Falling in love often seems effortless. But later, the road of life can bring conflict or uncertainty to almost all long-term relationships. Tough financial times, work issues, parenting challenges, and constant transition all serve to threaten a good couple’s best efforts to have a loving and flexible relationship.
The good news is that effective couples’ therapy can help two people to actually accept–or even embrace–uncertainty and change. A skilled couples’ therapist understands crisis as an opportunity for positive growth.
I work with couples who are experiencing significant conflict, infidelity, or the feeling that they are not “heard,” loved, acknowledged or appreciated. Some other specific issues I work with include co-parenting, borderline and narcissistic personality disorders, addiction/recovery, step-parenting, family of origin conflict, and conflicts arising from non-traditional or cross-cultural family life.
When couples first come in my office, I observe the pattern of their communication as the most important element of their relationship. Helping couples to improve the skill of actually listening to each other and to focus on achieving happiness instead of who is “right” or “wrong”. I help couples to re-calibrate meaningful roles, to work on problems of anger and silence, and to learn through Cognitive Behavioral Therapy when their levels of stress create a situation of “distress” which is unhelpful. Couples learn to practice mindful communication and to improve listening non-verbal communication. Together, we attempt to have the couple achieve more acceptance, trust, respect, and friendship.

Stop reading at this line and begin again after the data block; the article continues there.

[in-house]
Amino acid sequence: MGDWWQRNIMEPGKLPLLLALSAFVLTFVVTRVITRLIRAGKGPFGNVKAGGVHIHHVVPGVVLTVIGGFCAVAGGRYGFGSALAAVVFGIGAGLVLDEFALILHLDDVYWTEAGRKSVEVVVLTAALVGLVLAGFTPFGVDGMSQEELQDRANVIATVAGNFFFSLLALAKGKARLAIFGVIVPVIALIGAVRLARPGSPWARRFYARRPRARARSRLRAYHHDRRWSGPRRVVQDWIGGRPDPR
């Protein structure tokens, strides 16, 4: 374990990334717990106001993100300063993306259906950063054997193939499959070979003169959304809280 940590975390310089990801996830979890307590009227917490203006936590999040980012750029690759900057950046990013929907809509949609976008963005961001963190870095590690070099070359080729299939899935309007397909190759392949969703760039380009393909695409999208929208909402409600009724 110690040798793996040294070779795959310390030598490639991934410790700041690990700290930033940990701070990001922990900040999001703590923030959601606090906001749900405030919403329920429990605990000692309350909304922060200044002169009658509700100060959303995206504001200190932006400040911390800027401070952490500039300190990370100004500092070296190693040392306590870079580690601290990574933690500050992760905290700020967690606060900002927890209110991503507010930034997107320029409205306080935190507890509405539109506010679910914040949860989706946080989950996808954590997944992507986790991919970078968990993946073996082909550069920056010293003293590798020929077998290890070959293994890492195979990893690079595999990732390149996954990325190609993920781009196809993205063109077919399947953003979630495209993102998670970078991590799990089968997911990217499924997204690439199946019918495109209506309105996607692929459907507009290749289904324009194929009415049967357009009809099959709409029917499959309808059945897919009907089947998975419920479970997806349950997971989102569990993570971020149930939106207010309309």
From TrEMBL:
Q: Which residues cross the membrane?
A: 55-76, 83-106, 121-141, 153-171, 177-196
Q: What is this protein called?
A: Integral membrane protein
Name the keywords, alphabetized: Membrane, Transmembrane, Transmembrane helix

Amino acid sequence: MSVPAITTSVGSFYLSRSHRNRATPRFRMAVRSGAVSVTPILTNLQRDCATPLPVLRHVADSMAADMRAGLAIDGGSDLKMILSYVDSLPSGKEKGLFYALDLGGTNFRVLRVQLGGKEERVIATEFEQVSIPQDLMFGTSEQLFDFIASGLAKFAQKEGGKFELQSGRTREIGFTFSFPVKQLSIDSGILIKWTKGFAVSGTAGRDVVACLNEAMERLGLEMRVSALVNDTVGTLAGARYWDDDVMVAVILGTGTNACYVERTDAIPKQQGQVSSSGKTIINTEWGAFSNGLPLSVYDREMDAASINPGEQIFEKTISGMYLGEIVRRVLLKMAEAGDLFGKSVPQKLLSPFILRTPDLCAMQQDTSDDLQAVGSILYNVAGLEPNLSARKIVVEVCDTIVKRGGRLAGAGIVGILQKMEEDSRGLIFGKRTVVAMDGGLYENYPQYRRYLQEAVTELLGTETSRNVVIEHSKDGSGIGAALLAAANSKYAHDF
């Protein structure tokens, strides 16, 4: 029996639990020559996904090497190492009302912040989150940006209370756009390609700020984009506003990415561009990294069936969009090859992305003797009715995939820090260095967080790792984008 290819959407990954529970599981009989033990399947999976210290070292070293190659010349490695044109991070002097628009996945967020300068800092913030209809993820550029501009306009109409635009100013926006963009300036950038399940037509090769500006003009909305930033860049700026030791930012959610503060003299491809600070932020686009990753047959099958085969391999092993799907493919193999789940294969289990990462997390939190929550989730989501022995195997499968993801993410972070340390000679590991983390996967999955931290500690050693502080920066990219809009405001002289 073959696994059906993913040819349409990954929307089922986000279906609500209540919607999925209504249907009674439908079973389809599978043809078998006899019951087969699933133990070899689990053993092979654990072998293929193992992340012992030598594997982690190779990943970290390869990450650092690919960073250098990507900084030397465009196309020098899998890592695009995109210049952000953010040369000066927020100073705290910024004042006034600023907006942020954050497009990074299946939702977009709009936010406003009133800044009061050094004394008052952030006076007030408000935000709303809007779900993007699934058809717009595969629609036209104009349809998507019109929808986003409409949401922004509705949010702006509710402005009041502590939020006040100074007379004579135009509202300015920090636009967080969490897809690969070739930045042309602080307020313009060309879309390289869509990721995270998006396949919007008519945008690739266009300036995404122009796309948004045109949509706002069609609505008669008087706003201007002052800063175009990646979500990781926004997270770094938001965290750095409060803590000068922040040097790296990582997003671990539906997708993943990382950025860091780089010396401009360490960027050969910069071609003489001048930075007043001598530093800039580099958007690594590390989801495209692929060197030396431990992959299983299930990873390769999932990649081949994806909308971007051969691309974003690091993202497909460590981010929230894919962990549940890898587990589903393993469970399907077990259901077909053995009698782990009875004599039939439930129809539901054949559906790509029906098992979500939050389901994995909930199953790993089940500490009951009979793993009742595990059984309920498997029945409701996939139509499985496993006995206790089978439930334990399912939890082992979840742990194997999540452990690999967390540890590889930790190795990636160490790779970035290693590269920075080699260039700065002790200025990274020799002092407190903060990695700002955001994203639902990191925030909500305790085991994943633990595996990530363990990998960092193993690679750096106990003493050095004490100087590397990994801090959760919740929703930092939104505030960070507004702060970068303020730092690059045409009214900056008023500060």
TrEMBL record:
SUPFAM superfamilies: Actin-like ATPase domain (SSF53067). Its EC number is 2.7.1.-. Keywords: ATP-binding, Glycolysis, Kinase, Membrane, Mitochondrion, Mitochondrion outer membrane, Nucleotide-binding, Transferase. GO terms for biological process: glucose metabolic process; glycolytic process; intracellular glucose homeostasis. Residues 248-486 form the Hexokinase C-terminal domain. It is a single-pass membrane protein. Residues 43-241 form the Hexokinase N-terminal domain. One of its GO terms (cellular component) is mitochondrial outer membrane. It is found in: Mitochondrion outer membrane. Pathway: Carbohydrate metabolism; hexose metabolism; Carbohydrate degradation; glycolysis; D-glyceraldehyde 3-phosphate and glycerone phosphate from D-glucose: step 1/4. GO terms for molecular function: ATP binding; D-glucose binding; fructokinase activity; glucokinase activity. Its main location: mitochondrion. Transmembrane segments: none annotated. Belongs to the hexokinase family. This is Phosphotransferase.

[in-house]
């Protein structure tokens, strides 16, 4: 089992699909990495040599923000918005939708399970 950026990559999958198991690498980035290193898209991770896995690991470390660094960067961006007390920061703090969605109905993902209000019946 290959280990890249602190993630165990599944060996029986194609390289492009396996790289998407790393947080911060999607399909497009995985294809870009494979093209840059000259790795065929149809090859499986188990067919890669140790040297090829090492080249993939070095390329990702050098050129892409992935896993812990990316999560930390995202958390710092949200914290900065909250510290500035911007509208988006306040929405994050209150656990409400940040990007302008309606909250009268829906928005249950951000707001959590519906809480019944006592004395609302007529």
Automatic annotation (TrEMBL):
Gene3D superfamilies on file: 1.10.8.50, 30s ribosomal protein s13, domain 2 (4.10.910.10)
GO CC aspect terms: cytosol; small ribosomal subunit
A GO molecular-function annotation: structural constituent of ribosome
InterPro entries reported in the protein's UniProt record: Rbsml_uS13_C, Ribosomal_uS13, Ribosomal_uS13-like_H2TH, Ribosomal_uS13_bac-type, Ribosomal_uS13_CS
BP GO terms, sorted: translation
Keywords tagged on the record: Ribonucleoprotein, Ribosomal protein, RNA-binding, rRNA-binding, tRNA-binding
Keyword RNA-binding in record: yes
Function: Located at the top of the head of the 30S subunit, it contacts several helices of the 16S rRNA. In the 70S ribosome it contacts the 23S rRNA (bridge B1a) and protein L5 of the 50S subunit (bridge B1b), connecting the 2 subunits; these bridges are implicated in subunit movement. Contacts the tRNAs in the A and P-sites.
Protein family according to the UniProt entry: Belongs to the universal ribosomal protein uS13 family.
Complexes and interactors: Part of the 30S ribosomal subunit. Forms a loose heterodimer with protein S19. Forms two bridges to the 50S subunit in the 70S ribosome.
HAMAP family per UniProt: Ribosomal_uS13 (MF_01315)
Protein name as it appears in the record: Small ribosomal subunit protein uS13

Nothing threatens a marriage or long-term relationship as strongly as an affair. Affairs can make the world seem like a very unsafe and unpredictable place for the non-offending spouse or partner. Affairs create complex situations in marriage and family life which also often generate significant emotional trauma. When infidelity also involves the welfare of children, a more complex family circumstance is created for both conflicted parents. Yet affairs appear to happen more frequently than we would hope, or expect.
The first step is professional help with a skilled therapist. Offending and non-offending spouses need firm, supportive therapy to help them with a very wide range of intense thoughts, emotions, considerations, and behaviors. Often it is necessary to determine the offending spouse’s motivation and/or capacity to take full responsibility for full disclosure of offending behaviors, or a movement towards full separation or moving on from the marriage if this is the couple’s decision.
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